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|Commanders and leaders|
|Total 200,000||war elephants|
|Casualties and losses|
150,000 (figures by Ashoka)|
The Kalinga War (ended c. 261 BCE) was fought in ancient India between the Maurya Empire under Ashoka and the state of Kalinga, an independent feudal kingdom located on the east coast, in the present-day state of Odisha and north parts of Andhra Pradesh. It is presumed that the battle was fought on Dhauli hills in Dhauli which is situated on the banks of Daya River. The Kalinga War included one of the largest and deadliest battles in Indian history. Kalinga did not have a king as it was culturally run without any.
This is the only major war Ashoka fought after his accession to the throne. In fact, this war marks the close of empire building and military conquests of ancient India that began with Maurya king Bindusara. In the entire Indian history this war is considered as the deadliest war costing nearly 250,000 lives.
The reasons for invading Kalinga were to bring peace and for power. Kalinga was a prosperous region consisting of peaceful and artistically skilled people. Known as the Utkala, they were the first from the region who traveled offshore to the southeast for trade. For that reason, Kalinga had important ports and a powerful navy. They had an open culture and used a uniform civil code.
Kalinga was under the rule of the Nanda Empire until the empire's fall in 321 BCE. Ashoka's grandfather Chandragupta Maurya had previously attempted to conquer Kalinga but had been repulsed. Ashoka set himself to the task of conquering the newly independent empire as soon as he felt he was securely established on the throne. Kalinga was a strategic threat to the Maurya empire. It could interrupt communications between Maurya capital Pataliputra and Maurya possessions in the central Indian peninsula. Kalinga also controlled the coastline for the trade-in bay of Bengal.
Course of the war
No war in the history of India as important either for its intensity or for its results as the Kalinga war of Ashoka. No wars in the annals of human history have changed the heart of the victor from one of wanton cruelty to that of exemplary piety as this one. From its fathomless womb, the history of the world may find out only a few wars to its credit which may be equal to this war and not a single one that would be greater than this. The political history of mankind is really a history of wars and no war has ended with so successful a mission of peace for the entire war-torn humanity as the war of Kalinga.
The war was completed in the eighth year of Ashoka's reign, according to his own Edicts of Ashoka, probably in 261 BCE. After a bloody battle for the throne following the death of his father, Ashoka was successful in conquering Kalinga – but the consequences of the savagery changed Ashoka's views on war and led him to pledge to never again wage a war of conquest.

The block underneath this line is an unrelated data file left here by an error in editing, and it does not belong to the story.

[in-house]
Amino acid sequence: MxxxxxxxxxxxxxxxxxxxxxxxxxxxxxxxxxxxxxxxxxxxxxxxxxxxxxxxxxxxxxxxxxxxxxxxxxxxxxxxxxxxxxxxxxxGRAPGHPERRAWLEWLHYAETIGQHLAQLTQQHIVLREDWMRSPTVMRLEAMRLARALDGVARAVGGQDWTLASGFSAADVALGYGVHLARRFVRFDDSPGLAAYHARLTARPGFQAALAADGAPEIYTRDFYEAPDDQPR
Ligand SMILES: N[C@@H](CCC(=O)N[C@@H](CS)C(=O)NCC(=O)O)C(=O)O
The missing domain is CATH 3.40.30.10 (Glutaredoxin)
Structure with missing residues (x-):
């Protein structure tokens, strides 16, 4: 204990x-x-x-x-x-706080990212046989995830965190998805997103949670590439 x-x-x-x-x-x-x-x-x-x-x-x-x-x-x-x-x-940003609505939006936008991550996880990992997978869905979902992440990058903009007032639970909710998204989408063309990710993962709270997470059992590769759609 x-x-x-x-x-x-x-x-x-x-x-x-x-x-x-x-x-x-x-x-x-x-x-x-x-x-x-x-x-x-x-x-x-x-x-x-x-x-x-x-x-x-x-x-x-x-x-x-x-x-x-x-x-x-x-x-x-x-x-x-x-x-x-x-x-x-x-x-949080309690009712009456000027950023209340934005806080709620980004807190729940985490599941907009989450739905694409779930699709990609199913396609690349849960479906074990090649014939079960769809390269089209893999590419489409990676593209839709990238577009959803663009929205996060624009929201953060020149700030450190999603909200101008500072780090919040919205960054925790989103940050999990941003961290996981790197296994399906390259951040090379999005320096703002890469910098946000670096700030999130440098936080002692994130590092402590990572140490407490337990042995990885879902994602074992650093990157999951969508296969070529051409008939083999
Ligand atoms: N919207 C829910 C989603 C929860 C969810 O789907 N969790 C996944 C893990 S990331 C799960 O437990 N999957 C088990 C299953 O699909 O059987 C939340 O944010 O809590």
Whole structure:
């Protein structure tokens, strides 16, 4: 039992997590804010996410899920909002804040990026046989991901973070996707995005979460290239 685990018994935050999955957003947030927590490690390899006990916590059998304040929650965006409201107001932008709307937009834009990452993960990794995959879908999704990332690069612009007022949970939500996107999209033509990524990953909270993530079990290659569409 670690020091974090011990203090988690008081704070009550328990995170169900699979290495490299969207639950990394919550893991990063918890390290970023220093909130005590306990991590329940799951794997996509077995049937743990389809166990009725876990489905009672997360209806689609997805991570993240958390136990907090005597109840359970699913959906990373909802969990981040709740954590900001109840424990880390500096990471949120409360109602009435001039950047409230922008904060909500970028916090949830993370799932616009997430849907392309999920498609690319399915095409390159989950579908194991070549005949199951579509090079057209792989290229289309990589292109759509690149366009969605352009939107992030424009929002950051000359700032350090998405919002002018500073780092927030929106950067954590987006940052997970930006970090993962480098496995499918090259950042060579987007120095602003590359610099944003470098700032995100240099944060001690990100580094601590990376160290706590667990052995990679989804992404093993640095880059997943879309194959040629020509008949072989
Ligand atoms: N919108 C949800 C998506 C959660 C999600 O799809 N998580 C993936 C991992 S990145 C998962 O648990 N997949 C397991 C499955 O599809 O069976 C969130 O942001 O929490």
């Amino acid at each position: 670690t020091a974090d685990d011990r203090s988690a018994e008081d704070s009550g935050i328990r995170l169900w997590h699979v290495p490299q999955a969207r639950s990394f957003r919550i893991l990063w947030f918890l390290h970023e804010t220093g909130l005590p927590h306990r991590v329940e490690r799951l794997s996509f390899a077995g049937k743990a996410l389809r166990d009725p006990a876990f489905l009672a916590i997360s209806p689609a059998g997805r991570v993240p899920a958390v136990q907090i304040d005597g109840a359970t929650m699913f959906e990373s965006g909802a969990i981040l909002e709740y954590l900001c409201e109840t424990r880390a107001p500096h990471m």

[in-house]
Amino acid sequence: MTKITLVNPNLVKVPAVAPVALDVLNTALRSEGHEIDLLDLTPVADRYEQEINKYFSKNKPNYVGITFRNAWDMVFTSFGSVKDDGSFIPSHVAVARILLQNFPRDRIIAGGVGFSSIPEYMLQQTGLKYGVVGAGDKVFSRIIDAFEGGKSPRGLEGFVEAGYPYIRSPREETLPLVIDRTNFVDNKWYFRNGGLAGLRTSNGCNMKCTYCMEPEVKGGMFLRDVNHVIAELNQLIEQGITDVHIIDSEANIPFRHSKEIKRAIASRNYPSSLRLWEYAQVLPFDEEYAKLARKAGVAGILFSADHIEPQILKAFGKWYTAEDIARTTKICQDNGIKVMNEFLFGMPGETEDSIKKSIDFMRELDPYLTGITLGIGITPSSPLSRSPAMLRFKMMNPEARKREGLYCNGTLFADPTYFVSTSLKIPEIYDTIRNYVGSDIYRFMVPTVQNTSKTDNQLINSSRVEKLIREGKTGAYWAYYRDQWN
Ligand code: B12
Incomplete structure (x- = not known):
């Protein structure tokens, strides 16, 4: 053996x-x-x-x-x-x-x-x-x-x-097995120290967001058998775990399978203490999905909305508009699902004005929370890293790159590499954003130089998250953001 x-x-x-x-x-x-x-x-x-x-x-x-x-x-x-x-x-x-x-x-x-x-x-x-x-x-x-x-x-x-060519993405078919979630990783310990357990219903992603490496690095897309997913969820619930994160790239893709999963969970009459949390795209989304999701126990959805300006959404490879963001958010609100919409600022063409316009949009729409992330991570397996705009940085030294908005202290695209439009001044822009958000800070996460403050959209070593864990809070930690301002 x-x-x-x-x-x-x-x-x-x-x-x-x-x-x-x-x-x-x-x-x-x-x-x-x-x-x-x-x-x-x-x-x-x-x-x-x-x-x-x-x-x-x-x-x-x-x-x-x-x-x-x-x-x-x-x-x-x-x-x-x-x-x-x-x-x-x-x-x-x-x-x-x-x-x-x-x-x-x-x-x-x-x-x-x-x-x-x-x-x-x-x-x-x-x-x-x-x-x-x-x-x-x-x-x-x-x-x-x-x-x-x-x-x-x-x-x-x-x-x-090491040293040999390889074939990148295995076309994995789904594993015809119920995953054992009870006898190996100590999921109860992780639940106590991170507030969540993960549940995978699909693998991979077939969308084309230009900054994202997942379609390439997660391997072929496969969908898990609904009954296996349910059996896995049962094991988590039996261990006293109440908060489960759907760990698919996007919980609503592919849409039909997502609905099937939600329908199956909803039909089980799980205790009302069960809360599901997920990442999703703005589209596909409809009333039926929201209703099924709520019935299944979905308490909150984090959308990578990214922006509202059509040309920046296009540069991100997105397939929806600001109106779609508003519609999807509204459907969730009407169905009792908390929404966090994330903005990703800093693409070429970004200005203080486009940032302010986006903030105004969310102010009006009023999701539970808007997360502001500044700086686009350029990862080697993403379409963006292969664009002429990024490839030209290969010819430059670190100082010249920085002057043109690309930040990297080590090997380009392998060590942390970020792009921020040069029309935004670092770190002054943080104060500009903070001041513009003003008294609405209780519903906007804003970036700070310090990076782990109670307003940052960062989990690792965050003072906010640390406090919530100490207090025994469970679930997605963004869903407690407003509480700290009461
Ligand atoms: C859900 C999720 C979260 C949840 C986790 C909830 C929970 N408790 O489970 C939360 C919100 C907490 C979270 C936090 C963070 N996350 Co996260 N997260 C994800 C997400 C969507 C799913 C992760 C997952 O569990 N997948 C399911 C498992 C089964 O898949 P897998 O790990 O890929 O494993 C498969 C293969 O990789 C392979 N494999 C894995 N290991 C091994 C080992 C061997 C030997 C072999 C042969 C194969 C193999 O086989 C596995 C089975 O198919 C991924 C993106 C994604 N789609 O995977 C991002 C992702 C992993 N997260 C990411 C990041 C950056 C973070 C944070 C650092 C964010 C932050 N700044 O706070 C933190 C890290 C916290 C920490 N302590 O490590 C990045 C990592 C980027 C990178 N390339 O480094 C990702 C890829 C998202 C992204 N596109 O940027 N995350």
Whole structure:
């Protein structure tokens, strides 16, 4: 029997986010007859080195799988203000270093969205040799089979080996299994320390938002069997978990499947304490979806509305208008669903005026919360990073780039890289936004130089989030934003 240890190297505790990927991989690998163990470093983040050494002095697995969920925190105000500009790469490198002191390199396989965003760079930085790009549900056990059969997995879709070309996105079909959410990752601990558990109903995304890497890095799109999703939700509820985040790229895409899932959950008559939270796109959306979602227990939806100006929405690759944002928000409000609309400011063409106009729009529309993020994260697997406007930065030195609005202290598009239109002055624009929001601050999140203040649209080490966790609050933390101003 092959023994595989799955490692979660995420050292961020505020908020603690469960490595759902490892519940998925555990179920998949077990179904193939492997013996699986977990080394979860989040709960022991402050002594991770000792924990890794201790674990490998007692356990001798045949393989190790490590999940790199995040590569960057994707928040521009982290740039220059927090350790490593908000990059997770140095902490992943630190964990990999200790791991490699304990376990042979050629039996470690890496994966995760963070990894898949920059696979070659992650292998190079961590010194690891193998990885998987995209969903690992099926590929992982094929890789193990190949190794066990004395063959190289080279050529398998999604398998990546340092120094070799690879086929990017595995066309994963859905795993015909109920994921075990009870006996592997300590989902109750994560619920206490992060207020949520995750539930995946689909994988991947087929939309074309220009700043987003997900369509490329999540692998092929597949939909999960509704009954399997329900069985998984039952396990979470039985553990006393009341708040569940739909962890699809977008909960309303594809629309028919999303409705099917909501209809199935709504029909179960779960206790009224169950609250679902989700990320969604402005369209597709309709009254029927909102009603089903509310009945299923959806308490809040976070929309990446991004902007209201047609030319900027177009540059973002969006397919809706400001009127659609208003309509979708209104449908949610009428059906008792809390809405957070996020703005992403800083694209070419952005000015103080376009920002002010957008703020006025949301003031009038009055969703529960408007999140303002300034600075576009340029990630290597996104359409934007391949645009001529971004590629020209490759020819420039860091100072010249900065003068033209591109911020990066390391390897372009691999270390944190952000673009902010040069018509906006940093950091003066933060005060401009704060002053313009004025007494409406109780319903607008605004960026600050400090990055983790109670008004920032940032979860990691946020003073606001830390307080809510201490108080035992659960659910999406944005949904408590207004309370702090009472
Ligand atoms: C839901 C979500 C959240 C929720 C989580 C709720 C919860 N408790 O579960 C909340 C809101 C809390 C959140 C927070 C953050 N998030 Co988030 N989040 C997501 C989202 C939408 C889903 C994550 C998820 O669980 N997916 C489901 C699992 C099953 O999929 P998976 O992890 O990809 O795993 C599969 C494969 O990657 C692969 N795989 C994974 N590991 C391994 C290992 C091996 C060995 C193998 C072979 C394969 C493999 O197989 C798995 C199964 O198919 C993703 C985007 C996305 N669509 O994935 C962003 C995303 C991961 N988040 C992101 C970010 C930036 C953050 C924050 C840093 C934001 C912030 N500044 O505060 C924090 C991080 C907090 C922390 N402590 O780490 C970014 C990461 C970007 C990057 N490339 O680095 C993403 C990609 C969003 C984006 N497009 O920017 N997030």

Ashoka had seen the bloodshed and felt that he was the cause of the destruction. The whole area of Kalinga was plundered and destroyed. Some of Ashoka's later edicts state that about 150,000 people died on the Kalinga side and an almost equal number of Ashoka's army, though legends among the Odia people – descendants of Kalinga's natives – claim that these figures were highly exaggerated by Ashoka. As per the legends, Kalinga armies caused twice the amount of destruction they suffered. Thousands of men and women were deported from Kalinga and forced to work on clearing wastelands for future settlement.
Beloved-of-the-Gods, King Priyadarsi, conquered the Kalingas eight years after his coronation. One hundred and fifty thousand were deported, one hundred thousand were killed and many more died (from other causes). After the Kalingas had been conquered, Beloved-of-the-Gods came to feel a strong inclination towards the Dharma, a love for the Dharma and for instruction in Dharma. Now Beloved-of-the-Gods feels deep remorse for having conquered the Kalingas.
Ashoka's response to the Kalinga War is recorded in the Edicts of Ashoka. The Kalinga War prompted Ashoka, already a non-engaged Buddhist, to devote the rest of his life to ahimsa (non-violence) and to dharma-Vijaya (victory through dharma). Following the conquest of Kalinga, Ashoka ended the military expansion of the empire and began an era of more than 40 years of relative peace, harmony, and prosperity.
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